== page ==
- Commentary Critical Reflections and Future Action
- Politics, Policy, and Music Education
- Instrumental Teachers and Their Students: Who's in the Driver's Seat?
- University Professors and the Entrepreneurial Spirit
- Pride and Professionalism in Music Education
- Pondering the Grand Experiment in Public Music Education
- Music Education and Some of Its Subfields: Thoughts about Future Priorities
- Music Education: An Unanswered Question
- Improving Primary Teaching: Minding the Gap
- International Music Education: Setting up a Global Information System
- The Responsibility of Research in Defining the Profession of Music Education
- Constructing Communities of Scholarship in Music Education
- Internationalizing Music Education
- Emotion in Music Education
- Music Education from a Slightly Outside Perspective
- Research Issues in Personal Music Identification
- Preparation, Perseverance, and Performance in Music: Views from a Program of Educational Psychology Research
- Music Therapy in Schools: An Expansion of Traditional Practice
- Embracing New Digital Technologies: Now and into the Future
- Challenges for Research and Practices of Music Education
- All Theoried Up and Nowhere to Go
- Make Research, Not War: Methodologies and Music Education Research
- The Preparation of Music Teacher Educators: A Critical Link
- Music and the Arts: As Ubiquitous and Fundamental as the Air We Breathe
- There is Nothing Complex about a Correlation Coefficient
- Dewey's Bastards: Music, Meaning, and Politics
Abstract and Keywords
This article assesses one of the twentieth century's grandest experiments in music education—the attempt to provide participatory music education to every young person in the U.S. through the public school system. After 100 years, this experiment can be seen as reaching its end or at least the end of its first phase. If so, one possible conclusion is that while the experiment effectively reached a large proportion of the current adult population in the United States, it failed to establish a culture that could maintain it. Music education researchers can benefit by examining this period from this larger perspective.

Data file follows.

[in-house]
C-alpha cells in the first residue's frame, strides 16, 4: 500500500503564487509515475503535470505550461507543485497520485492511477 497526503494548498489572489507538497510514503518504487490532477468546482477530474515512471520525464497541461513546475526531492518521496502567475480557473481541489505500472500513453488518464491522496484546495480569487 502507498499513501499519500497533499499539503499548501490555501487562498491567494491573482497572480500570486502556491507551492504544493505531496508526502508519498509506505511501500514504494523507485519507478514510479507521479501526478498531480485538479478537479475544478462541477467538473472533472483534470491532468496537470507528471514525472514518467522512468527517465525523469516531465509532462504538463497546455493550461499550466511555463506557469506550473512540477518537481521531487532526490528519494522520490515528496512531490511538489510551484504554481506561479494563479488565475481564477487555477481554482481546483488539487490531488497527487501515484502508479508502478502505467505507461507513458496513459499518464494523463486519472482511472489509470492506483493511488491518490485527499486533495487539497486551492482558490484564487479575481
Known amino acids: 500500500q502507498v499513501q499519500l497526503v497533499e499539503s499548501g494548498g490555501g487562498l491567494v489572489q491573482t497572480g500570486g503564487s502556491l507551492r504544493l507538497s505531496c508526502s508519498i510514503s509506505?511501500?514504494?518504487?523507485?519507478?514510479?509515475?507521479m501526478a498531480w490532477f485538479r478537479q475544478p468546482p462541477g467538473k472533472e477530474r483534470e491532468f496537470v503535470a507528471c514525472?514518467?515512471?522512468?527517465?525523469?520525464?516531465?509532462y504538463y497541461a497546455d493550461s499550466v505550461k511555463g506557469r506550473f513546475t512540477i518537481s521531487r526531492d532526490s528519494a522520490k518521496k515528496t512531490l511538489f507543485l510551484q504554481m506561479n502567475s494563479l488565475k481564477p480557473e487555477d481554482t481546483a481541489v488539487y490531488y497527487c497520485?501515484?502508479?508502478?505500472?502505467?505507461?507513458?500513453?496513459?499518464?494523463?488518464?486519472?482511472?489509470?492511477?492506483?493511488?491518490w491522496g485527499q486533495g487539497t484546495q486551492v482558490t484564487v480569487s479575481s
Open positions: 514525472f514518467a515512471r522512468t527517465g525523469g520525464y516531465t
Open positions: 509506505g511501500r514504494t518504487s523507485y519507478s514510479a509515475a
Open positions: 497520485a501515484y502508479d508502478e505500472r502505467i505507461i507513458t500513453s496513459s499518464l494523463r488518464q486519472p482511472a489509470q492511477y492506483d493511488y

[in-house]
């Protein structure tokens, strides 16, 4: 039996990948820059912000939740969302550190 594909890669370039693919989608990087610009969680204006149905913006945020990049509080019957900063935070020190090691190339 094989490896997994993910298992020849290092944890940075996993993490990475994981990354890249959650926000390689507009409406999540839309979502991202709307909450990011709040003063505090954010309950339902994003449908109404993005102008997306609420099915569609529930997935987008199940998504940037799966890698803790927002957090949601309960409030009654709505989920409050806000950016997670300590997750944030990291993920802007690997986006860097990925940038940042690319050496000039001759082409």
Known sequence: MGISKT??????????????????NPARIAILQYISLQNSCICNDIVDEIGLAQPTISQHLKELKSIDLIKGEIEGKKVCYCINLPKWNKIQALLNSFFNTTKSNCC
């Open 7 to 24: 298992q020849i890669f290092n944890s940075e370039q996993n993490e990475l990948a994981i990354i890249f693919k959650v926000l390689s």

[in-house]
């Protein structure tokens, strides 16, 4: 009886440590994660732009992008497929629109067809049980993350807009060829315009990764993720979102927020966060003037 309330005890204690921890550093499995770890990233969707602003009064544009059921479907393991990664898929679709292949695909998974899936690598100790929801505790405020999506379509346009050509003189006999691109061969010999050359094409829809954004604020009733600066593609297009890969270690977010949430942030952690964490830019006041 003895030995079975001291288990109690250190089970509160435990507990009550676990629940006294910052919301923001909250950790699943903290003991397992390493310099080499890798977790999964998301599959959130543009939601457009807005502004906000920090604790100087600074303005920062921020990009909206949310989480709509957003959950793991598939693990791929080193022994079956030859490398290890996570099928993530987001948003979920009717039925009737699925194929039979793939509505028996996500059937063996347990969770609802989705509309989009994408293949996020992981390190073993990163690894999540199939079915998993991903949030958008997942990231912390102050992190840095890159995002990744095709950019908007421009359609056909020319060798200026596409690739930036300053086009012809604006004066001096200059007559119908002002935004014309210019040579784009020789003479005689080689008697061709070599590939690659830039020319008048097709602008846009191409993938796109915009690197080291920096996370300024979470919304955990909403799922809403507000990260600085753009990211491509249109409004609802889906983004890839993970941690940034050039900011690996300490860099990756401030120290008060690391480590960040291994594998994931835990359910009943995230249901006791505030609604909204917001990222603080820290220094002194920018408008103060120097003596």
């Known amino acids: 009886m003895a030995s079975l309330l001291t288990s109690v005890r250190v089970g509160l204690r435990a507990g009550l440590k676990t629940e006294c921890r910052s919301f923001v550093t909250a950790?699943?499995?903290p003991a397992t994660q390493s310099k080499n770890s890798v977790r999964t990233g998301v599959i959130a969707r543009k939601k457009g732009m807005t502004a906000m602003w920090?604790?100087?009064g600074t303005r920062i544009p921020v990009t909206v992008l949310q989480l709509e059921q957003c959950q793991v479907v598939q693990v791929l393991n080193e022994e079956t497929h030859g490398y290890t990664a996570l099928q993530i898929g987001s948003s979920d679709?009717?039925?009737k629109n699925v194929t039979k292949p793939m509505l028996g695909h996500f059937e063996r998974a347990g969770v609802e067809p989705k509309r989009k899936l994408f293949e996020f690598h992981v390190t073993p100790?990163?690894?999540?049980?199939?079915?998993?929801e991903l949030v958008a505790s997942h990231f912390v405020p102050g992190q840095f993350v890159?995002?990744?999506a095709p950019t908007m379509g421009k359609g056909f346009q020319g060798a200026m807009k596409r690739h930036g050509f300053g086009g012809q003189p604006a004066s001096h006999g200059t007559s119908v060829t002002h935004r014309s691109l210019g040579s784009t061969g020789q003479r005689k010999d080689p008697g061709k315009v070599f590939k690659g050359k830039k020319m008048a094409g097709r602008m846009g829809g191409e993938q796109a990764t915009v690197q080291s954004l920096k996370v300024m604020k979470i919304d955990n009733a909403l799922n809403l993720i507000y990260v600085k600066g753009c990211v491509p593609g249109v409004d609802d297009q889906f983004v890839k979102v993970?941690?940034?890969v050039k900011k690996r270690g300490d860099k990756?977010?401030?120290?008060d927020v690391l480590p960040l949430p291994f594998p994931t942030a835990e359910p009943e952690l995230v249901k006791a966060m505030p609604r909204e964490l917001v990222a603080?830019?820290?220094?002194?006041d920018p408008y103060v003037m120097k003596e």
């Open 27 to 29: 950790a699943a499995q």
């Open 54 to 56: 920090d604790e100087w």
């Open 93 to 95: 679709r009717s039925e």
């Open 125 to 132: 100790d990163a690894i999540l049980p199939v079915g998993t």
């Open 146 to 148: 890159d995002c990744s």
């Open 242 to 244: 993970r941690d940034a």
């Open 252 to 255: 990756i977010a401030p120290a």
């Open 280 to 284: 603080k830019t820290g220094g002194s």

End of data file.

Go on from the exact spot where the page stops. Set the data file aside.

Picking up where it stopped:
Robert A. Cutietta received his doctorate in music education from Pennsylvania State University after completing a master and bachelor of music education at Cleveland State University. He is currently the dean of the Thornton School of Music at the University of Southern California after completing professorships at the University of Arizona, Kent State University, and Montana State University. His research interests revolve around the cognitive processing in music that leads to musical memory especially in the adolescent mind. He has published research and professional articles in a wide variety of publications in music education and is the author, co-author, or editor of five books. Most importantly he thanks you, the reader, for caring about the importance of educating future generations of youngster in our art form.
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